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Home » Featured, Headline, Reviews

Watchmen; the movie review

Submitted by on Tuesday, 10 March 20093 Comments

watchmen Watchmen; the movie reviewWith a PSN game available and the movie being marketed inside Home like the end is nigh, Watchmen has had a fair amount of exposure across our favourite console platform.

Friend of the site and movie reviewer Cleric20 of Dark Matters has given us the inside scoop on whether you ought to be watching the Watchmen, or if the silver-screen version of one of the most celebrated novels of all time (graphic or otherwise) dies a super-hero death.

Watchmen (UK: 18, US: R, Australia: MA)

Director: Zack Snyder (300, Dawn of the Dead)

Rorschach’s Journal: March 8th 2009: I find myself in the future – somehow a film has been made depicting the incredible events that occurred back in 1985 when this city was afraid of me. It had reason to; I had seen its true face. The streets were extended gutters and the gutters were full of blood. The accumulated filth of all their sex and murder foamed up about their waists and all the whores and politicians looked up and shouted ‘Save us!’

And I whispered

‘no’.

Welcome to the end of the Superhero movie as we know it. Zack ‘300’ Snyder has brought the once deemed ‘un-filmable’ landmark graphic novel by Alan Moore and Dave Gibbons to the big screen and nothing will ever be quite the same.

Watchmen is a nuclear powered behemoth of thought provoking superhero action, breathtaking visual flair and gut churning violence. I was prepared for bitter disappointment because the original comic boasts such a deep vein of rich intermingled sub plots, fantastical imagery and mind bending intellectual concepts – how could it be possibly be effectively captured in just under three hours of screen time? But to my delight and amazement Watchmen delivers on the big screen better than I dared hope. The sheer dedication and flawless attention to the source material is admirable, the vivid way that the original pages have literally ‘come to life’ in jaw dropping high resolution makes this a bona fide visual masterpiece.

For those seeking wham bang no brain action, this isn’t going to be for you because whilst there are some excellent action scenes, this is film that requires brainpower for maximum appreciation. Watchmen is a truly adult themed thriller, set in an alternative 1985 where Richard Nixon has won a third term as president and the Cold War has taken the world to brink of nuclear Armageddon.

After an excellent scene setting credit sequence we witness the murder of The Comedian (Jeffrey Dean Morgan), a mercenary / hero with dubious morals and a taste for carnage. His death sets one time colleague Rorschach, a masked vigilante (superb turn from Jackie Earle Haley) on the trial of whoever might be looking to execute masked heroes.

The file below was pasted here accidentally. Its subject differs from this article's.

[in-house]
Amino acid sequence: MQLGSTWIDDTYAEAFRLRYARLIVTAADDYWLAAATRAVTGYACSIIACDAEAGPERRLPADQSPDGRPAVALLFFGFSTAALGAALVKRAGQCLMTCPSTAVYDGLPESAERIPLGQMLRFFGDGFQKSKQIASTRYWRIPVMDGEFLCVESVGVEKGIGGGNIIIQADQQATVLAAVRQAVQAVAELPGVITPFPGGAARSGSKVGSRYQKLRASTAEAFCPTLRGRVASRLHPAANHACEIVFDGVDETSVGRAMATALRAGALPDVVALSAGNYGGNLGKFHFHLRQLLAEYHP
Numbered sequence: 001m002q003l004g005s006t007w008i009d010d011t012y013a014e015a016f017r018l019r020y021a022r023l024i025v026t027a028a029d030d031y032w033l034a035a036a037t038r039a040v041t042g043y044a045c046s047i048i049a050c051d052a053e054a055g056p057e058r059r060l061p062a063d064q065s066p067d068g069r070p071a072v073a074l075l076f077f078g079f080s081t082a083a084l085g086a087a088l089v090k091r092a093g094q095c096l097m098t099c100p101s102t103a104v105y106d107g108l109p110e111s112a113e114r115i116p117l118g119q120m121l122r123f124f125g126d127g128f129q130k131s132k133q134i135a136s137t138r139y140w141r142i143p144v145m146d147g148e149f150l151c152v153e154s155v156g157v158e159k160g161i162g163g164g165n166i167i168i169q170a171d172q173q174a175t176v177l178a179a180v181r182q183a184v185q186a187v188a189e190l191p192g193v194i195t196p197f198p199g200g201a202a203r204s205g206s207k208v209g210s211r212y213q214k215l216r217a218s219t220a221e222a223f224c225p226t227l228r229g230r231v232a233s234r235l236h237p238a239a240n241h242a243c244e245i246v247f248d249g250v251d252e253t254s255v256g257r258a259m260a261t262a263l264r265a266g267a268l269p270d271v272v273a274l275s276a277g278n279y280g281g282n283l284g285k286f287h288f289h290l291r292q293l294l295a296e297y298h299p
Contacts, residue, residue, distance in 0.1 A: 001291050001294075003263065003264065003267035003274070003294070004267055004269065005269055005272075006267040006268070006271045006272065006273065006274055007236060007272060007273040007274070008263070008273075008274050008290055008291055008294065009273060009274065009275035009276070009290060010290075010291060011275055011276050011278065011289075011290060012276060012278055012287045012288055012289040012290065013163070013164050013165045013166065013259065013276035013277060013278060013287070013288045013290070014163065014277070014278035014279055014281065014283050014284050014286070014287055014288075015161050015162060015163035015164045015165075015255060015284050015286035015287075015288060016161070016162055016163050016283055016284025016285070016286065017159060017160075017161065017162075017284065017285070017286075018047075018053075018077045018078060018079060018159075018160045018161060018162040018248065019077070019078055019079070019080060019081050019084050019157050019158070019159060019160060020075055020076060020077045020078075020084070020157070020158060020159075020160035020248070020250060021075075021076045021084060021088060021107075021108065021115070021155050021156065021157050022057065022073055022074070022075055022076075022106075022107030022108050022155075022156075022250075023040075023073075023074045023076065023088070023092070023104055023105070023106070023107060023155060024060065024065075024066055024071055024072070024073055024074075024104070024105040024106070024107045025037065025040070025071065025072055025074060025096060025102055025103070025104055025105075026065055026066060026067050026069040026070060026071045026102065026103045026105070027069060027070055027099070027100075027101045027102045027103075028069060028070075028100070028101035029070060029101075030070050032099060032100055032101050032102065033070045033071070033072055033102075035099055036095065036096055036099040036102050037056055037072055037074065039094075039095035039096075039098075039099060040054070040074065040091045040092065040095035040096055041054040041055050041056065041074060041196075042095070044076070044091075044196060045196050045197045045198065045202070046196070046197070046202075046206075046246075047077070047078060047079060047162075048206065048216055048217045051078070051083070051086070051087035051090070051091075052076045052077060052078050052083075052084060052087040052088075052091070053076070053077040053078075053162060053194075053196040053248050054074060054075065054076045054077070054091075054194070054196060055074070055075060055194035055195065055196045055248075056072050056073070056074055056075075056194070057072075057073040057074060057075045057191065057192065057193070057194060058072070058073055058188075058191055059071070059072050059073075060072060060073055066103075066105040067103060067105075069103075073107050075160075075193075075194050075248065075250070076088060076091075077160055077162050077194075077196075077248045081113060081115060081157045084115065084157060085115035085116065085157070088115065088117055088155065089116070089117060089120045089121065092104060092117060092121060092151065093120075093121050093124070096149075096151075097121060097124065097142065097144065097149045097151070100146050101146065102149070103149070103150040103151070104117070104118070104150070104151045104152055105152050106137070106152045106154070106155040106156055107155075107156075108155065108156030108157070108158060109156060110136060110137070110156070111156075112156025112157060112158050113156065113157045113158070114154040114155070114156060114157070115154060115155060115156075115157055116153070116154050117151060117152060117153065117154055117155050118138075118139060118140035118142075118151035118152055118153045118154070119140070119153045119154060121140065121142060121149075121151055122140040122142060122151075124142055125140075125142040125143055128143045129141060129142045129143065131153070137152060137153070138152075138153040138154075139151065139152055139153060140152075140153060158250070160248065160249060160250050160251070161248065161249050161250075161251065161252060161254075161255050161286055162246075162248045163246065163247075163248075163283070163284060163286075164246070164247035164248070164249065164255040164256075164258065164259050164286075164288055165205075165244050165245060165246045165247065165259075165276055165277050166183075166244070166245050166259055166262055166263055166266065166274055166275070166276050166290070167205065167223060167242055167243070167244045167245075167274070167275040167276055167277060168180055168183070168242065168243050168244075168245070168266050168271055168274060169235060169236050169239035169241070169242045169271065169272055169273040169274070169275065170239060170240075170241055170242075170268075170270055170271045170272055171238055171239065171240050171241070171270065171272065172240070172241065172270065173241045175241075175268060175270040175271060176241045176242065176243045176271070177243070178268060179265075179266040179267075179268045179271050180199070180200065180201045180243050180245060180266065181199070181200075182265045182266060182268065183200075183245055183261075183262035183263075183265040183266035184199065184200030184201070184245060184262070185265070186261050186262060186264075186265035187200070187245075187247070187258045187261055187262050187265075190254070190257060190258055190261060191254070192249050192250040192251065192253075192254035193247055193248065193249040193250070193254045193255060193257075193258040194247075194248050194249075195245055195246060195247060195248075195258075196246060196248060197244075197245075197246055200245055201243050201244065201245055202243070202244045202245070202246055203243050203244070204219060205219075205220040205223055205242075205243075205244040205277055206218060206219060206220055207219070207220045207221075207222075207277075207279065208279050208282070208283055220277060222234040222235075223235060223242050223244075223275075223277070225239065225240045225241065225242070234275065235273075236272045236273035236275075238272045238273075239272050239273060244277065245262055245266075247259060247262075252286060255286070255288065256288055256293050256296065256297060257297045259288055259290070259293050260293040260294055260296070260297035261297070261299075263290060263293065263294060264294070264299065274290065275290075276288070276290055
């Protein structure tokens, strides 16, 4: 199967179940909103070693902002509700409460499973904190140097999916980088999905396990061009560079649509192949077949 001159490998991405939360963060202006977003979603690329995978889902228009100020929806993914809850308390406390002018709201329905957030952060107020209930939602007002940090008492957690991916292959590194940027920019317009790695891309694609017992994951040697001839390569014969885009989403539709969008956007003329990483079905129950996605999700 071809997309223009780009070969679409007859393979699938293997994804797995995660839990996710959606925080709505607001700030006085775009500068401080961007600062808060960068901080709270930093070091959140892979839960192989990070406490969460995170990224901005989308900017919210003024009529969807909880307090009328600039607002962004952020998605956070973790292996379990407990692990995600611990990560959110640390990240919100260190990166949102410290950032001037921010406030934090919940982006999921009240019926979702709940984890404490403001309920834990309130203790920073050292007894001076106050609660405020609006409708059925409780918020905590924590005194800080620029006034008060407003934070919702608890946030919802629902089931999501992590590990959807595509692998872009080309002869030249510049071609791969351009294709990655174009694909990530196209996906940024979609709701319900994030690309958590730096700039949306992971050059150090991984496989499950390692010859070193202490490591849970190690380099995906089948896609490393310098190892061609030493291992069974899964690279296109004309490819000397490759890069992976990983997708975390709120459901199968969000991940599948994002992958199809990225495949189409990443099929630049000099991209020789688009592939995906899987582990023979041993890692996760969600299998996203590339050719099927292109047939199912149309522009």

Writer Alan Moore said: “I suppose I was just thinking, ‘that’d be a good way to start a comic book: have a famous super-hero found dead.’ As the mystery unravelled, we would be led deeper and deeper into the real heart of this super-hero’s world, and show a reality that was very different to the general public image of the super-hero.”

The complex tale includes back story elements of the other ‘Watchmen’ including the only ‘actual’ superhero Dr. Manhattan (Billy Crudup), a naked, glowing, blue-skinned all-powerful being created in a science-lab accident. Manhattan is a walking talking weapon of mass destruction – used by Nixon to win the Vietnam War almost single handedly, but whose humanity seems to be retreating. Then there’s Nite Owl II (Patrick Wilson) once Rorschach’s partner, a tech genius who sports a Batman like array of gadgets and wears an owl caped outfit.

Ozymandias (Matthew Goode) on the other hand is Earth’s smartest man, who also boosts amazing reflexes and Silk Spectre II (Malin ’27 Dresses’ Akerman) who wears a mean skimpy latex outfit.

You’ll need to pay attention to keep up with the twisting plot elements as the storyline delights in pulling the rug from under the viewer. Don’t go expecting a simple spoon fed structure or a traditional blockbuster ending – we’re in serious end of the world territory here.

Some of the original graphic novel has obviously had to be cut – there will be a soon to be released DVD animated companion of the Tales of the Black Freighter pirate story within the story sub fiction. And we can only hope that there will be additional scenes restored for the rumoured Director’s cut Blu-Ray too.

Then there’s also a Watchmen downloadable PSN game (which from the demo I’ve played allows you to beat the living daylights out of convicts as either Nite Owl II or Rorschach) and some tasty free Watchmen items in Home to nab. But most importantly to get the most from the movie, I can only really recommend that you swot up on the original graphic novel. It is the must read authoritative Old Testament…

Highly recommended, an intelligent choice for those who can handle extreme violence, superhero sex and challenging thinking. Repeated viewing essential.